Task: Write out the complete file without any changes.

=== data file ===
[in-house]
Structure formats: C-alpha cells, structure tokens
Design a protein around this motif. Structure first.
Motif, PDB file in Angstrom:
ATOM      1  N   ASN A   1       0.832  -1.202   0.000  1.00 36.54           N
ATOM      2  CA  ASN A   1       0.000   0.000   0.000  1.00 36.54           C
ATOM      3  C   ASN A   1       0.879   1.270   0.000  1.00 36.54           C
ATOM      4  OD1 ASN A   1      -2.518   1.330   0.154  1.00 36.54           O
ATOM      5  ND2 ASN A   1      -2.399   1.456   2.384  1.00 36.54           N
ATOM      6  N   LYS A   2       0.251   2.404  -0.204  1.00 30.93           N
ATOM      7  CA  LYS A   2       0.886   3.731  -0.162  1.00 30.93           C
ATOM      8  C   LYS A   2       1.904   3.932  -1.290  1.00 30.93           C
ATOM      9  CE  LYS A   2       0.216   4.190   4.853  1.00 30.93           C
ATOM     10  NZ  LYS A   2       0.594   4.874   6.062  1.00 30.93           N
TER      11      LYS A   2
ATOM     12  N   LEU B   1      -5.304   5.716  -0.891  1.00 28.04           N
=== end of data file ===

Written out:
[in-house]
Structure formats: C-alpha cells, structure tokens
Design a protein around this motif. Structure first.
Motif, PDB file in Angstrom:
ATOM      1  N   ASN A   1       0.832  -1.202   0.000  1.00 36.54           N
ATOM      2  CA  ASN A   1       0.000   0.000   0.000  1.00 36.54           C
ATOM      3  C   ASN A   1       0.879   1.270   0.000  1.00 36.54           C
ATOM      4  OD1 ASN A   1      -2.518   1.330   0.154  1.00 36.54           O
ATOM      5  ND2 ASN A   1      -2.399   1.456   2.384  1.00 36.54           N
ATOM      6  N   LYS A   2       0.251   2.404  -0.204  1.00 30.93           N
ATOM      7  CA  LYS A   2       0.886   3.731  -0.162  1.00 30.93           C
ATOM      8  C   LYS A   2       1.904   3.932  -1.290  1.00 30.93           C
ATOM      9  CE  LYS A   2       0.216   4.190   4.853  1.00 30.93           C
ATOM     10  NZ  LYS A   2       0.594   4.874   6.062  1.00 30.93           N
TER      11      LYS A   2
ATOM     12  N   LEU B   1      -5.304   5.716  -0.891  1.00 28.04           N